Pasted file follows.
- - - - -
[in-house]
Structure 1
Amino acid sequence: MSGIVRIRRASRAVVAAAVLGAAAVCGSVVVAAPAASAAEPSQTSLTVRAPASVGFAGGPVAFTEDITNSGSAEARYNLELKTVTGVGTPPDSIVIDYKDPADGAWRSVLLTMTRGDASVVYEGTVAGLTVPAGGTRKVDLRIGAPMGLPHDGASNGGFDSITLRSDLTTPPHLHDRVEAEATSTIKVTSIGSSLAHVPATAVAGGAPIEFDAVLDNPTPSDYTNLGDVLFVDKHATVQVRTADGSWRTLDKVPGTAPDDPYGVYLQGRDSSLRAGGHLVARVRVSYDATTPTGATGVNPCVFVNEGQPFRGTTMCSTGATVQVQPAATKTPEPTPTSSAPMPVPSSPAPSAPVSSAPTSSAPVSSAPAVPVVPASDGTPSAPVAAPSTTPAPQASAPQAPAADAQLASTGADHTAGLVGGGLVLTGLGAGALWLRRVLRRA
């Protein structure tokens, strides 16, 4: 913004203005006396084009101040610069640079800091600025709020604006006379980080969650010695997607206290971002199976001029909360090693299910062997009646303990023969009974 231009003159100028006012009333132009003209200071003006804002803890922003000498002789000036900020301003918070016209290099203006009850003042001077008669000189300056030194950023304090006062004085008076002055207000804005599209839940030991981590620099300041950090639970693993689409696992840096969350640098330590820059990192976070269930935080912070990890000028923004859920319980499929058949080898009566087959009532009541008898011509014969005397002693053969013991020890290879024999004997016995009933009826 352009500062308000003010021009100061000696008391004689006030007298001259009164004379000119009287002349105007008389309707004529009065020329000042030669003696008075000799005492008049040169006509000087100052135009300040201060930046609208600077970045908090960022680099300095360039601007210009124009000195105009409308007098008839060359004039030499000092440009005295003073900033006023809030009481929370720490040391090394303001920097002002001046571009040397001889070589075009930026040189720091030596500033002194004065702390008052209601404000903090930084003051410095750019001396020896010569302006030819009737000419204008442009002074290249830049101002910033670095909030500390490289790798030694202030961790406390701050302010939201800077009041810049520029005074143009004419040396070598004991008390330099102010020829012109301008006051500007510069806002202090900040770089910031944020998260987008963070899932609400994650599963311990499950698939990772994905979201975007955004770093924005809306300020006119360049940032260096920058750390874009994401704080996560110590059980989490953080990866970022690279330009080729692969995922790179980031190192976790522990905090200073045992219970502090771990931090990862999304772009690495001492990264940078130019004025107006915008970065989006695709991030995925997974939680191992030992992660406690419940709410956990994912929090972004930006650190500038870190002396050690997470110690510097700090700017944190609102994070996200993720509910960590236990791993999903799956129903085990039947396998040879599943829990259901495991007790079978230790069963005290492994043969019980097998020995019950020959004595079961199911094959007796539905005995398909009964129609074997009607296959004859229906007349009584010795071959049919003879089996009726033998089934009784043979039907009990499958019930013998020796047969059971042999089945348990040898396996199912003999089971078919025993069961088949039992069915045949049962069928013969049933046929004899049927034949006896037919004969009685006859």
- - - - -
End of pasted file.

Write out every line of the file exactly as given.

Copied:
[in-house]
Structure 1
Amino acid sequence: MSGIVRIRRASRAVVAAAVLGAAAVCGSVVVAAPAASAAEPSQTSLTVRAPASVGFAGGPVAFTEDITNSGSAEARYNLELKTVTGVGTPPDSIVIDYKDPADGAWRSVLLTMTRGDASVVYEGTVAGLTVPAGGTRKVDLRIGAPMGLPHDGASNGGFDSITLRSDLTTPPHLHDRVEAEATSTIKVTSIGSSLAHVPATAVAGGAPIEFDAVLDNPTPSDYTNLGDVLFVDKHATVQVRTADGSWRTLDKVPGTAPDDPYGVYLQGRDSSLRAGGHLVARVRVSYDATTPTGATGVNPCVFVNEGQPFRGTTMCSTGATVQVQPAATKTPEPTPTSSAPMPVPSSPAPSAPVSSAPTSSAPVSSAPAVPVVPASDGTPSAPVAAPSTTPAPQASAPQAPAADAQLASTGADHTAGLVGGGLVLTGLGAGALWLRRVLRRA
């Protein structure tokens, strides 16, 4: 913004203005006396084009101040610069640079800091600025709020604006006379980080969650010695997607206290971002199976001029909360090693299910062997009646303990023969009974 231009003159100028006012009333132009003209200071003006804002803890922003000498002789000036900020301003918070016209290099203006009850003042001077008669000189300056030194950023304090006062004085008076002055207000804005599209839940030991981590620099300041950090639970693993689409696992840096969350640098330590820059990192976070269930935080912070990890000028923004859920319980499929058949080898009566087959009532009541008898011509014969005397002693053969013991020890290879024999004997016995009933009826 352009500062308000003010021009100061000696008391004689006030007298001259009164004379000119009287002349105007008389309707004529009065020329000042030669003696008075000799005492008049040169006509000087100052135009300040201060930046609208600077970045908090960022680099300095360039601007210009124009000195105009409308007098008839060359004039030499000092440009005295003073900033006023809030009481929370720490040391090394303001920097002002001046571009040397001889070589075009930026040189720091030596500033002194004065702390008052209601404000903090930084003051410095750019001396020896010569302006030819009737000419204008442009002074290249830049101002910033670095909030500390490289790798030694202030961790406390701050302010939201800077009041810049520029005074143009004419040396070598004991008390330099102010020829012109301008006051500007510069806002202090900040770089910031944020998260987008963070899932609400994650599963311990499950698939990772994905979201975007955004770093924005809306300020006119360049940032260096920058750390874009994401704080996560110590059980989490953080990866970022690279330009080729692969995922790179980031190192976790522990905090200073045992219970502090771990931090990862999304772009690495001492990264940078130019004025107006915008970065989006695709991030995925997974939680191992030992992660406690419940709410956990994912929090972004930006650190500038870190002396050690997470110690510097700090700017944190609102994070996200993720509910960590236990791993999903799956129903085990039947396998040879599943829990259901495991007790079978230790069963005290492994043969019980097998020995019950020959004595079961199911094959007796539905005995398909009964129609074997009607296959004859229906007349009584010795071959049919003879089996009726033998089934009784043979039907009990499958019930013998020796047969059971042999089945348990040898396996199912003999089971078919025993069961088949039992069915045949049962069928013969049933046929004899049927034949006896037919004969009685006859």